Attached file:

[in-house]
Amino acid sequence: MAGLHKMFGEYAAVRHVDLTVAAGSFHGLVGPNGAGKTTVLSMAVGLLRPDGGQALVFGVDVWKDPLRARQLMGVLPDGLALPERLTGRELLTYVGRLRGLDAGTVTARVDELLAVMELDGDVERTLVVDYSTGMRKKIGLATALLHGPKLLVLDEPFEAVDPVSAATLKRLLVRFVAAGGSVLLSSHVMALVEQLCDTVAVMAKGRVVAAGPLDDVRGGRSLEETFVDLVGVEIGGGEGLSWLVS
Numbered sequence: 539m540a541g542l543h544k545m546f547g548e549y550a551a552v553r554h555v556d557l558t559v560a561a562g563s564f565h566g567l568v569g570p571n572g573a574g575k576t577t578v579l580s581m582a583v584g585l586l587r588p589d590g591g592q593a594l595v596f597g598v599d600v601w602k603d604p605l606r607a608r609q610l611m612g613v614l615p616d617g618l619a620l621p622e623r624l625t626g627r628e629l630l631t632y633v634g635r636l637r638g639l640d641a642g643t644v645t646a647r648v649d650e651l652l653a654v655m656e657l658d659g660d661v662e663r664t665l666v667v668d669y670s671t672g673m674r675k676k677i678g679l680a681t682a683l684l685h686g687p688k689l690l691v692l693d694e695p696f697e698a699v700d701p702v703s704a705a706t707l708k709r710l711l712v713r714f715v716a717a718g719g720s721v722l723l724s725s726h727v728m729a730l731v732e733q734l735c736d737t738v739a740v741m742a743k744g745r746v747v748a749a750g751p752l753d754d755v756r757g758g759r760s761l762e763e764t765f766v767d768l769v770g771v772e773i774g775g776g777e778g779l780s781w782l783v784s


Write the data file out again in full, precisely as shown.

[in-house]
Amino acid sequence: MAGLHKMFGEYAAVRHVDLTVAAGSFHGLVGPNGAGKTTVLSMAVGLLRPDGGQALVFGVDVWKDPLRARQLMGVLPDGLALPERLTGRELLTYVGRLRGLDAGTVTARVDELLAVMELDGDVERTLVVDYSTGMRKKIGLATALLHGPKLLVLDEPFEAVDPVSAATLKRLLVRFVAAGGSVLLSSHVMALVEQLCDTVAVMAKGRVVAAGPLDDVRGGRSLEETFVDLVGVEIGGGEGLSWLVS
Numbered sequence: 539m540a541g542l543h544k545m546f547g548e549y550a551a552v553r554h555v556d557l558t559v560a561a562g563s564f565h566g567l568v569g570p571n572g573a574g575k576t577t578v579l580s581m582a583v584g585l586l587r588p589d590g591g592q593a594l595v596f597g598v599d600v601w602k603d604p605l606r607a608r609q610l611m612g613v614l615p616d617g618l619a620l621p622e623r624l625t626g627r628e629l630l631t632y633v634g635r636l637r638g639l640d641a642g643t644v645t646a647r648v649d650e651l652l653a654v655m656e657l658d659g660d661v662e663r664t665l666v667v668d669y670s671t672g673m674r675k676k677i678g679l680a681t682a683l684l685h686g687p688k689l690l691v692l693d694e695p696f697e698a699v700d701p702v703s704a705a706t707l708k709r710l711l712v713r714f715v716a717a718g719g720s721v722l723l724s725s726h727v728m729a730l731v732e733q734l735c736d737t738v739a740v741m742a743k744g745r746v747v748a749a750g751p752l753d754d755v756r757g758g759r760s761l762e763e764t765f766v767d768l769v770g771v772e773i774g775g776g777e778g779l780s781w782l783v784s